“When the next billion is added between 2022 and 2037, these two groups of countries are expected to account for more than 90 percent of global growth,” it added.
The global population growth up to 2050 is estimated to be concentrated in eight countries: the Democratic Republic of the Congo, Egypt, Ethiopia, India, Nigeria, Pakistan, the Philippines and Tanzania.
So, how will this change bear on the world?
“Africa, in particular, will continue to export raw commodities (mineral and non-mineral) at low prices and be compelled to import grain and other finished (or ‘value-added’) commodities at levels that contribute to increased dependence on the status quo,” Professor Sudhir Chella Rajan at the Chennaı-based Indo-German Centre for Sustainability tells TRT World.
The repercussions will be felt in daily life as well.
“In low-income countries, population pressure is often felt very directly when there’s not enough food, water, medicine, and other essential resources available for everyone. In high-income countries, people often feel population pressure in the loss of nature and open spaces, and in crowded streets and job markets,” Feldstein explains.
“But we’re all ultimately sharing the same planet’s limited resources – and while population pressure, like other crises, hit the most vulnerable people first and hardest, it will ultimately catch up with all of us if we don’t change course,” she adds.
Moreover, there is a chance that conditions could take a different turn, and the UN prediction is just a possible scenario for the future.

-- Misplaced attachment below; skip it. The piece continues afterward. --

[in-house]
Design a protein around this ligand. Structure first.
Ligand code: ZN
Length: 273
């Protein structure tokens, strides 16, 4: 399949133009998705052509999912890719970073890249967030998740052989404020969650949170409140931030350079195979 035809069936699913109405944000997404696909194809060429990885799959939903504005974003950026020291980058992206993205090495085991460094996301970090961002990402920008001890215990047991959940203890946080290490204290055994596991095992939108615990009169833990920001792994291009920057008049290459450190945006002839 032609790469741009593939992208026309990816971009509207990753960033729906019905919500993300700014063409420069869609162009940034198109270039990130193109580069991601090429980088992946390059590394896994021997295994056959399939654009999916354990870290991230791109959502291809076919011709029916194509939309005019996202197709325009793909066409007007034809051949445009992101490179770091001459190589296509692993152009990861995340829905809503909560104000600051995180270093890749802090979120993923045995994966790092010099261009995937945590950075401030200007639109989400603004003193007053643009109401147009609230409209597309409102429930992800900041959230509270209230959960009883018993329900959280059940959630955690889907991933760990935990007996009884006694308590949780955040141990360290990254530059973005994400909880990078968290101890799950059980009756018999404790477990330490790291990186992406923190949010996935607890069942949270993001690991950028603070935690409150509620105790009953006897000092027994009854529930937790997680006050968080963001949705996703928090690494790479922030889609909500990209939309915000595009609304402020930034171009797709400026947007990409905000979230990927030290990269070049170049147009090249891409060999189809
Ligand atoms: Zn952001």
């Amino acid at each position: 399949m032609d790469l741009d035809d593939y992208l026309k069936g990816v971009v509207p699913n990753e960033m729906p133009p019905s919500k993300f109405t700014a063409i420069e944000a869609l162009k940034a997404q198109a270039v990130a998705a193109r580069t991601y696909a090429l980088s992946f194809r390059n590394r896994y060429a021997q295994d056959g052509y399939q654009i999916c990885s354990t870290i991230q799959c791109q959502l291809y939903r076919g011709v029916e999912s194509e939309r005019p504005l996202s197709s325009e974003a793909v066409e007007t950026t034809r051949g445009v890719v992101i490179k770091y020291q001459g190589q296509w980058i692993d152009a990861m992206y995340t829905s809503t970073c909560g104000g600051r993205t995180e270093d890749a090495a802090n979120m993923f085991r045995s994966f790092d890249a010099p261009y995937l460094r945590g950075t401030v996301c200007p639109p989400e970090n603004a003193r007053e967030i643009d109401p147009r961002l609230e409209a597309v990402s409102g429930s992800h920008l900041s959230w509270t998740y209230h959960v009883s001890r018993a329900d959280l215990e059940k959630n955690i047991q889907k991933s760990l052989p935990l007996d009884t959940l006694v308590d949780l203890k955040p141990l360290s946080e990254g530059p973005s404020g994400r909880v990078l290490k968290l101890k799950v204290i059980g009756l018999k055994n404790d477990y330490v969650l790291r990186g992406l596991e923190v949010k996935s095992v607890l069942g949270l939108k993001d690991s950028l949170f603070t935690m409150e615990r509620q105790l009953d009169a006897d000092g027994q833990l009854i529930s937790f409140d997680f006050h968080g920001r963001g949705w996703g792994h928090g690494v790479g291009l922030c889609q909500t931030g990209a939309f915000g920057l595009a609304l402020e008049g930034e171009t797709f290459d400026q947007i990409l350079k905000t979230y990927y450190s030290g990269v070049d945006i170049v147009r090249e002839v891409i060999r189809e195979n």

“We can’t take population stabilisation for granted – it will only happen if we continue increasing access to voluntary reproductive healthcare, gender equity, and education for women and girls,” Feldstein says.
Moreover, overpopulation, in the sense of “distress to large numbers of people that cannot be easily resolved,” could occur without a dramatic increase in population, especially considering the climate crisis.
“Cataclysmic events like floods and drought will, of course, cause such distress, including large-scale forced displacement, massive hunger and disease, and so on,” Rajan says.
“Much of that is already happening and could get worse. But I am an optimist. I believe the turnaround towards creative forms of adaptive governance involving natural farming and massive shifts in land-tenure relations is not entirely utopian,” he adds.
Consequently, the solution seems to lie in ceasing destructive production practices that exacerbate the damage to the earth’s dwindling resources, living more sustainably, and reducing excessive consumption by the wealthy while redistributing resources more fairly around the world.
That means the greater part of the load falls on the affluent countries as they would have to develop climate-sensitive policies and actively help poorer countries to develop.
“Only then can we have a system that provides a good standard of living for all instead of allowing a few to chase profits at the expense of people and the planet,” says Feldstein.